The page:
Image credits

“old books” by vandentroost is licensed under CC BY-NC-ND 2.0 

“Emptiness” by YuMaNuMa is licensed under CC BY 2.0 

My thoughts on the NCEA changes

I deliberately haven’t looked too much at what others have said about the NCEA changes that were announced today; I wanted to get my own thoughts straight first. Of course, that means that by the time you’ve read this I’ll probably have changed my perspective on some things, if only a little. I’m only going to write about the new literacy and numeracy requirements and the increased emphasis on external exams, because those are what I know the most about. I have no way of knowing whether the changes to SAC will have a positive or negative effect on students who need them, for instance. The literacy and exams issues, on the other hand, are ones that I’ve been thinking about for some time, and broadly speaking I think these changes are a step in the right direction.

Literacy & Numeracy Package

The plan here is that students will need to earn a package of 20 externally-assessed literacy and numeracy credits as a prerequisite to any NCEA certificate. This is a big shift from the current approach, where students can meet literacy and numeracy requirements through a very wide range of standards that are considered to require the levels of literacy and numeracy represented by the qualification.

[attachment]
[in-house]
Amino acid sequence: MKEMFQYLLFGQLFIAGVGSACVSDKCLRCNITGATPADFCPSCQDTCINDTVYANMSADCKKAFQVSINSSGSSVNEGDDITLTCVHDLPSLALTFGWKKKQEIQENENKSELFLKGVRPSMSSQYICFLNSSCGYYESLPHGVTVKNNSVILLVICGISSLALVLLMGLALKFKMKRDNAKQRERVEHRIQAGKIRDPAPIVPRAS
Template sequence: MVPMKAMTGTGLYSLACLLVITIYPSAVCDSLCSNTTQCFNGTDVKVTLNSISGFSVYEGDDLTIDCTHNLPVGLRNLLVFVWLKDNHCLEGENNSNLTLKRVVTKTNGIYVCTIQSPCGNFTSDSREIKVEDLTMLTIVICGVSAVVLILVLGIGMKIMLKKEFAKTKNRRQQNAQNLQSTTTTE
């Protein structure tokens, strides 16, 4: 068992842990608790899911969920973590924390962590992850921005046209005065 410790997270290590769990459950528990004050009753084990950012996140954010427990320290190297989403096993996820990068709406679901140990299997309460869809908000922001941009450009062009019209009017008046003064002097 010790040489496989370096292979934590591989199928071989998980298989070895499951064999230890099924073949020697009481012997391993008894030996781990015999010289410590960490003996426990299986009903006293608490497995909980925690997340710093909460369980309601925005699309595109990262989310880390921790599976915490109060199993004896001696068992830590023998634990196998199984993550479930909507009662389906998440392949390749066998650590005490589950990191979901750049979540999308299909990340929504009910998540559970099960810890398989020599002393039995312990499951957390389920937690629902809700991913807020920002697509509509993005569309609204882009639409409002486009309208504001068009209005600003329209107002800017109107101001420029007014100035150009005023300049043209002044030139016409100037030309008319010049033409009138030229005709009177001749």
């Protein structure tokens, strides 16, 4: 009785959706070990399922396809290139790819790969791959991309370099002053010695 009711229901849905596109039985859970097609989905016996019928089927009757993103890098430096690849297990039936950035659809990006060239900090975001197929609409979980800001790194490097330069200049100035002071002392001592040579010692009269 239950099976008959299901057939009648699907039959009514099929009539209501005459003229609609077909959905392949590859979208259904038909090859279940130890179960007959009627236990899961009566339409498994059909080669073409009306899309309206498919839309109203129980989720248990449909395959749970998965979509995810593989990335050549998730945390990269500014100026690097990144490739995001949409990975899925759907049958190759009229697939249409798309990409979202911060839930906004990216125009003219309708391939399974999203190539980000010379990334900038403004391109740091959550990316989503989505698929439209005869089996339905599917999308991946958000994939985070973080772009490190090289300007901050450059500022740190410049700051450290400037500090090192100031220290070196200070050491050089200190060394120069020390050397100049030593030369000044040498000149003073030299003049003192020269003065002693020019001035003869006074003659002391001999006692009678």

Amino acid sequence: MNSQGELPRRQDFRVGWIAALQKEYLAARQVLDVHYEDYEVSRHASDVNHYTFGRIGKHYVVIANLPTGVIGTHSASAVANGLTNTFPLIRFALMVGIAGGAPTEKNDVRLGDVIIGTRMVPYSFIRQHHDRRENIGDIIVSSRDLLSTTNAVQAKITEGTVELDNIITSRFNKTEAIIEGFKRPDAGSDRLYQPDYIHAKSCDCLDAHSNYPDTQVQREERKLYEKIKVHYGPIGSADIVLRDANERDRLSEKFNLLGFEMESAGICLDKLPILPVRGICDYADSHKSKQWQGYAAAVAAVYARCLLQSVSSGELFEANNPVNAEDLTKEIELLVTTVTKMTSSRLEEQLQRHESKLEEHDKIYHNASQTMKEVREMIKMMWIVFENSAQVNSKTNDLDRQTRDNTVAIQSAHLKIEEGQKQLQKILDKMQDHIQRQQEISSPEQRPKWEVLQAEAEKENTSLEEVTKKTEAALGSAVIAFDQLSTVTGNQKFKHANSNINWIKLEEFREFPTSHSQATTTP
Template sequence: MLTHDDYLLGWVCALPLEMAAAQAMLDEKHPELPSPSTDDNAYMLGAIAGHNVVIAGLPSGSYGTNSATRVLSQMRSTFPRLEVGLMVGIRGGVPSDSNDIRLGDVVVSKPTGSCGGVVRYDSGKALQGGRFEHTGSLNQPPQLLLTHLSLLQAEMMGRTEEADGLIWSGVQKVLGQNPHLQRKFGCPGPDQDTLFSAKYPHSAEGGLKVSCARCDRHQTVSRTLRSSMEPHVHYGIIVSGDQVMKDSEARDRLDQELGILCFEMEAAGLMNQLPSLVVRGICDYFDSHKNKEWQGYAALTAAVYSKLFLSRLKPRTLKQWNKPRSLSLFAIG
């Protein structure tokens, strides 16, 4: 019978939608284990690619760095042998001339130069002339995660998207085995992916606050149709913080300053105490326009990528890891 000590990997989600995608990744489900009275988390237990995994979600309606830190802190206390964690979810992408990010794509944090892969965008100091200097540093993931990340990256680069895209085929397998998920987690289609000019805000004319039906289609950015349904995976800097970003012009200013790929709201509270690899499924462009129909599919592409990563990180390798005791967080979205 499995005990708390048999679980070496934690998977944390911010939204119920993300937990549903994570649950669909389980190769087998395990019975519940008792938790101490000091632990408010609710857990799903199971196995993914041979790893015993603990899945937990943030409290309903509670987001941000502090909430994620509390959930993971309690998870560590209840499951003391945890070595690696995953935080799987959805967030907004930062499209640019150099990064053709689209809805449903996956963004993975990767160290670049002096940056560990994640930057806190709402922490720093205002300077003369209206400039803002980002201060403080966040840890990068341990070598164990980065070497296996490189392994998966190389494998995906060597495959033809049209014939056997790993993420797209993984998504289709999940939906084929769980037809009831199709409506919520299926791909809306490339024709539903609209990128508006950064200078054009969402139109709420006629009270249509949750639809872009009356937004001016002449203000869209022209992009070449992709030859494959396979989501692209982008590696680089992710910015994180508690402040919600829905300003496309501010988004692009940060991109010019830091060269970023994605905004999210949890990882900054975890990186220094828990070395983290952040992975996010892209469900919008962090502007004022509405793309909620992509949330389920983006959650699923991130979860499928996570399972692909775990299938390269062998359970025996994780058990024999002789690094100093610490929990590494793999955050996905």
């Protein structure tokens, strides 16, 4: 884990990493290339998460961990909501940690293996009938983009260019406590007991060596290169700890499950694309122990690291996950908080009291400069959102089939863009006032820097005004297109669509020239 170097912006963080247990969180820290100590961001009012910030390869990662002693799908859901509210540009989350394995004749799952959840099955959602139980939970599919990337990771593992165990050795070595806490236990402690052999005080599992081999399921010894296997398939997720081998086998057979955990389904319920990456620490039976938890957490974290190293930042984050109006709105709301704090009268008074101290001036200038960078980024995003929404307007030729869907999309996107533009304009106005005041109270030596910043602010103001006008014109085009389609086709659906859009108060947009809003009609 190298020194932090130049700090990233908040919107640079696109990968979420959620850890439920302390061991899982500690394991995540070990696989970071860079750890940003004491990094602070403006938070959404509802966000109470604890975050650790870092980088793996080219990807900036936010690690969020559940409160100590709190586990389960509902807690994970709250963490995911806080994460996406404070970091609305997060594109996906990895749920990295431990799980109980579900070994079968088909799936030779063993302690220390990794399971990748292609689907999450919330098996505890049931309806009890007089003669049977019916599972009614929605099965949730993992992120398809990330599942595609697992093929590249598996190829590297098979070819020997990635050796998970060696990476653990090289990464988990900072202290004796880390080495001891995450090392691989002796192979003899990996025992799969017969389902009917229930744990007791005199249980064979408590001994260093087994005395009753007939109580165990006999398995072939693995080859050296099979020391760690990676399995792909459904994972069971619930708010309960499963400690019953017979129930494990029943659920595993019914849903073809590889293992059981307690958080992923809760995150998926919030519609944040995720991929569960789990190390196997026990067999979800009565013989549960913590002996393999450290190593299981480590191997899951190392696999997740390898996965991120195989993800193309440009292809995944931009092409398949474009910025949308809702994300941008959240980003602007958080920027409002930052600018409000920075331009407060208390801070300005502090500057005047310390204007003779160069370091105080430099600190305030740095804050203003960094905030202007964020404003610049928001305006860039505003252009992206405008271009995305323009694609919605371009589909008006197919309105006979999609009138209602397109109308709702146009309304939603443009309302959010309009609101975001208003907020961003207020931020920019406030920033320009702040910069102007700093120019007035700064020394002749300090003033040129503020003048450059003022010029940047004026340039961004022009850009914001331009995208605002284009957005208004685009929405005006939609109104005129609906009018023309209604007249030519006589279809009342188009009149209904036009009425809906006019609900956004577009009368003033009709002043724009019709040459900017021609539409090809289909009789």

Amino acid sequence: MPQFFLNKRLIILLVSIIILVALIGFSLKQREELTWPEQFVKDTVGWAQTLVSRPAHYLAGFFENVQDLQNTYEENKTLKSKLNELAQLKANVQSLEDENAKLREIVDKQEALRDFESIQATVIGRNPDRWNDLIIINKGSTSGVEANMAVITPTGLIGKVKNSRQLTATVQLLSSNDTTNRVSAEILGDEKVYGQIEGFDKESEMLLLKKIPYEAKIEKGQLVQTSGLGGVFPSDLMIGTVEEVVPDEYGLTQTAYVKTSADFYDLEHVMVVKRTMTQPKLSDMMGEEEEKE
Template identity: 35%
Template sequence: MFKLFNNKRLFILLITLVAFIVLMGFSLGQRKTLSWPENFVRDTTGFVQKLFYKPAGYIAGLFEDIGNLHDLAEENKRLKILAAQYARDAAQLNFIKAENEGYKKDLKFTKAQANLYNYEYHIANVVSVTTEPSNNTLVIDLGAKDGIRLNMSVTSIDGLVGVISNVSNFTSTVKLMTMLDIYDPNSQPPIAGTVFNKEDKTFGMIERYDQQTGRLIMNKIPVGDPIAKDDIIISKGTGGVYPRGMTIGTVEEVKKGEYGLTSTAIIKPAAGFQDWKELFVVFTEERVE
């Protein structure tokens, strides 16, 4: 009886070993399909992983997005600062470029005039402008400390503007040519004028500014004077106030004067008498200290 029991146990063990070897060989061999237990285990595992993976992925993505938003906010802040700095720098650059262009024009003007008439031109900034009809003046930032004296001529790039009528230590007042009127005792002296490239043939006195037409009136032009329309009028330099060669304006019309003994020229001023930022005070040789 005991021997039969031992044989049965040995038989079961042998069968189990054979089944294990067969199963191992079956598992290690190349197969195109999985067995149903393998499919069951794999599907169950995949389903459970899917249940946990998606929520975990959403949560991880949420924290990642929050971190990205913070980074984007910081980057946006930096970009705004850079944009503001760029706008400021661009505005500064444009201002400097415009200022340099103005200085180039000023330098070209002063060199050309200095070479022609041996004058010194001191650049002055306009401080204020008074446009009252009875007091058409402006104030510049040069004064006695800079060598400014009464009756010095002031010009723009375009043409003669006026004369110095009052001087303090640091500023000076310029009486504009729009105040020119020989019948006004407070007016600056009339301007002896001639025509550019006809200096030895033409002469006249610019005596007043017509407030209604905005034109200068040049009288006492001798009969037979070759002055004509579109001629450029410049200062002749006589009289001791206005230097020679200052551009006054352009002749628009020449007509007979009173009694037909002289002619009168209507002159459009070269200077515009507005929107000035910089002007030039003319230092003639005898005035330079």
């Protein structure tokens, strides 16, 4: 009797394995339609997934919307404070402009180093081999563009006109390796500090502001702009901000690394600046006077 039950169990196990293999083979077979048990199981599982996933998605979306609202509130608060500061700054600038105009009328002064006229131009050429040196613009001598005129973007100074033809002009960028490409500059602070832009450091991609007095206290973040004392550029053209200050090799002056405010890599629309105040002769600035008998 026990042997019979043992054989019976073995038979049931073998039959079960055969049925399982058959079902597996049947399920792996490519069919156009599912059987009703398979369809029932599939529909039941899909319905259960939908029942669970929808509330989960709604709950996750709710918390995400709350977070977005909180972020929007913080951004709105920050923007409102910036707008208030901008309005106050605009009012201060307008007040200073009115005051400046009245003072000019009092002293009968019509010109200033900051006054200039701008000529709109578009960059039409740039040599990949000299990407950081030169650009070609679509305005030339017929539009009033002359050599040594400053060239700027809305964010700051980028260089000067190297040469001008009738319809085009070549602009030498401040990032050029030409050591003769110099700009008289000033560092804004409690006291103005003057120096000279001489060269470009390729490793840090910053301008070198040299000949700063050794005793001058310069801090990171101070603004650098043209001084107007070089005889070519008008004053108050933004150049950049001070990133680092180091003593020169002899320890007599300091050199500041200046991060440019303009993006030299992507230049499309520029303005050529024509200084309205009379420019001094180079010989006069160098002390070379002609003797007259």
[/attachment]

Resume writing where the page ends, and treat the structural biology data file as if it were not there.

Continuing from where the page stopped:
This change is a response to the wide range of literacy levels seen in those who have these qualifications. When your literacy credits can come from so many different kinds of work, it’s not surprising that there’s a wide spread of actual literacy skills represented by the qualification. Only a few of the accepted literacy standards are actually explicitly marked on correct spelling and grammar, for instance. Restricting literacy to a specific set of standards should make the standard of literacy students are expected to develop more uniform across schools, which I think is a good thing. My hope is that it might also cause schools to shift their focus towards improving struggling students’ literacy skills, rather than hunting for alternative ways for them to get the literacy credits they need when students aren’t successful in mainstream pathways (the English achievement standards, for instance).

We’ve been told that the literacy and numeracy standards will be externally assessed (to avoid adding to teacher workload and to further ensure that a uniform standard is set), but not whether they will be exams or a portfolio approach. I wouldn’t be surprised to see NZQA go for a portfolio-based approach here, given (a) the complaints being lobbed at them so far about not being ‘innovative’ enough in their assessment practices, and (b) the claim that these standards will be available to students when they are ready for them, including as young as year seven.

It seems like there’s a good chance a literacy and numeracy portfolio might become a focus of the junior school, perhaps up into year eleven, especially for those schools that opt out of level one. This could be a good thing, making years nine and ten less of an aimless muddle (schools may have clear ideas of what they are trying to achieve in these years, of course, but it’s commonly accepted among most students I’ve talked to that no one does anything much in these years). But it could also narrow the curriculum in the same way National Standards did in primary schools.